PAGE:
Remember reading Guy de Maupassant’s The Necklace back in high school or college? How did the story make you feel?
I know originally, I loathed the wife, Mathilde. What a brat she was! She had someone to help her clean, for crying out loud! For me to get help in my house, I have to raise hell, pitch a bitch, and go bat caca cray-cray to get my kids to pick up their things.
Reading it as an adult, I had the following thoughts:
have read The Necklace multiple times over the last few years, and I originally disliked, passionately disliked, Mathilde. I always thought she was a selfish, vain woman who thought only of herself. However, reading it as a much older adult, my views of Mathilde is pity. She seems like some of my Facebook and Twitter friends. Despite the things she “does” possess, she only thinks about what she doesn’t have. It is difficult to dislike any woman who feels like she doesn’t have a choice in her destiny. Mathilde never seemed to think she had options, and let life happen to her, like this line stated: “She had no dowry, no expectations, no way of being known, understood, loved, married by any rich and distinguished man; so she let herself be married to a little clerk of the Ministry of Public.” She still didn’t have a say over her life as she toiled away to replace a necklace. It’s really difficult to dislike someone who doesn’t see her own value and who doesn’t know how to state her needs without trickery and deceit.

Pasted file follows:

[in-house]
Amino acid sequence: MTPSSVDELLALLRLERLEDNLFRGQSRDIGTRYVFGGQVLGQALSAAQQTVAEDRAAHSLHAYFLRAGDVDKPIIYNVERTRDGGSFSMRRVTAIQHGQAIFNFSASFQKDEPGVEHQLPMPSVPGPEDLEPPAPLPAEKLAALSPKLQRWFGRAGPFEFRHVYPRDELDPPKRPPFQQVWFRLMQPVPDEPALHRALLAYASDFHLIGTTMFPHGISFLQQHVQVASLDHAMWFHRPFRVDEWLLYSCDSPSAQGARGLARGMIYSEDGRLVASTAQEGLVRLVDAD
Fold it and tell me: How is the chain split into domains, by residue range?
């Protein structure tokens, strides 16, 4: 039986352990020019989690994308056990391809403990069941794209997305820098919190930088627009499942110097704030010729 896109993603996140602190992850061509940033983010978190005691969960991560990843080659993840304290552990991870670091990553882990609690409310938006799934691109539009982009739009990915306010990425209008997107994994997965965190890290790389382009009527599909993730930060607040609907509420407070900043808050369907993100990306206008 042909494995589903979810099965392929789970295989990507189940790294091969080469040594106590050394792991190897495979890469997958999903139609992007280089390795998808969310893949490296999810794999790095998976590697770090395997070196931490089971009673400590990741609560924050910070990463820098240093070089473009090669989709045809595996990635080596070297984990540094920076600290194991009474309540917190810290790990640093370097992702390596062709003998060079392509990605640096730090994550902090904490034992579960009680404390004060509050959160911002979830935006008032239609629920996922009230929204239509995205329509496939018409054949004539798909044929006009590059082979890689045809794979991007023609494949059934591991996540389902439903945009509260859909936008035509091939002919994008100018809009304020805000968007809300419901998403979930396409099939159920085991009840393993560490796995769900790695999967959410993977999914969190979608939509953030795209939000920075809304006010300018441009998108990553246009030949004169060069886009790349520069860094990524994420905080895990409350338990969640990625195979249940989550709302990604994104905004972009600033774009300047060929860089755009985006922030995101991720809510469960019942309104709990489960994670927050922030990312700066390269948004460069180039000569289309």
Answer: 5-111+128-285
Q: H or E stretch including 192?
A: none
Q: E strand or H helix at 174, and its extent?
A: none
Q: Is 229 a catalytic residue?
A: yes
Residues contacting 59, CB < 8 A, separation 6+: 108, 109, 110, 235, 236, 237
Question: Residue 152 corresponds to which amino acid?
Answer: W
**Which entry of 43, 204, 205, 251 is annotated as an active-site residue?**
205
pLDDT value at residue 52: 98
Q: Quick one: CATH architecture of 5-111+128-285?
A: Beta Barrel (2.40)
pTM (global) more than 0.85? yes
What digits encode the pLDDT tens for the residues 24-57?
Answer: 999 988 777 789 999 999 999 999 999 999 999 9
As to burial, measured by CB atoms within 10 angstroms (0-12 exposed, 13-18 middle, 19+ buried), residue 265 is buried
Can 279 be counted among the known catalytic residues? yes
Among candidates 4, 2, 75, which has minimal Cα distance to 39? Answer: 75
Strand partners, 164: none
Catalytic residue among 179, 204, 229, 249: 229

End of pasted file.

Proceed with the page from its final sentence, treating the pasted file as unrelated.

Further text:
Although the reader is treated to some of the thoughts from Monsieur Loisel, such as when he balked at the amount of money needed to purchase a dress for the party and lamented the amount of sleep he would need after the party, The Necklace is written from The Third Person Limited. This story is clearly that of Mathilde. The necklace is written from Third Person Limited.
From Monsieur Loisel’s POV, I think the reader would have been treated to the thoughts of a long-suffering man who had no idea what his wife wanted or how to satisfy her, The reader could have read his internal resentment against a woman who never appreciated the things he was able to provide for her, and also had the story been written from his point of view, the reader may have read his resentment against an unsatisfied and unhappy wife, or seen his suffering at the silly whims for a woman he also felt he had to settle for. When he took action and gave a directive about the lie to be told to Madame Forestier, if the story had been from his point a view, the reader may have seen his shining moment, an opportunity where he is finally able to step into his place as a man of action. I also suspect that the reader would have had an inside view of a dalliance or two he engaged in knowing he had to return home nightly to such an unhappy woman.
I know that the story is supposed to be one of regret and lost chances, but I like and appreciate the brutal honesty and rawness of the story. Again, this is only after reading this with a mature eye. In life, there are rare moments with an eleventh hour save. If Mathilde was honest with her friend, instead of relying on deceit, she would have saved herself ten years of pain and misery. Pride and vanity prevented Mathilde from breaking a limited mindset. Reality can be limiting like Mathilde made it, or free like Madame Forestier lived.
Click here to read the story, then leave your thoughts about The necklace.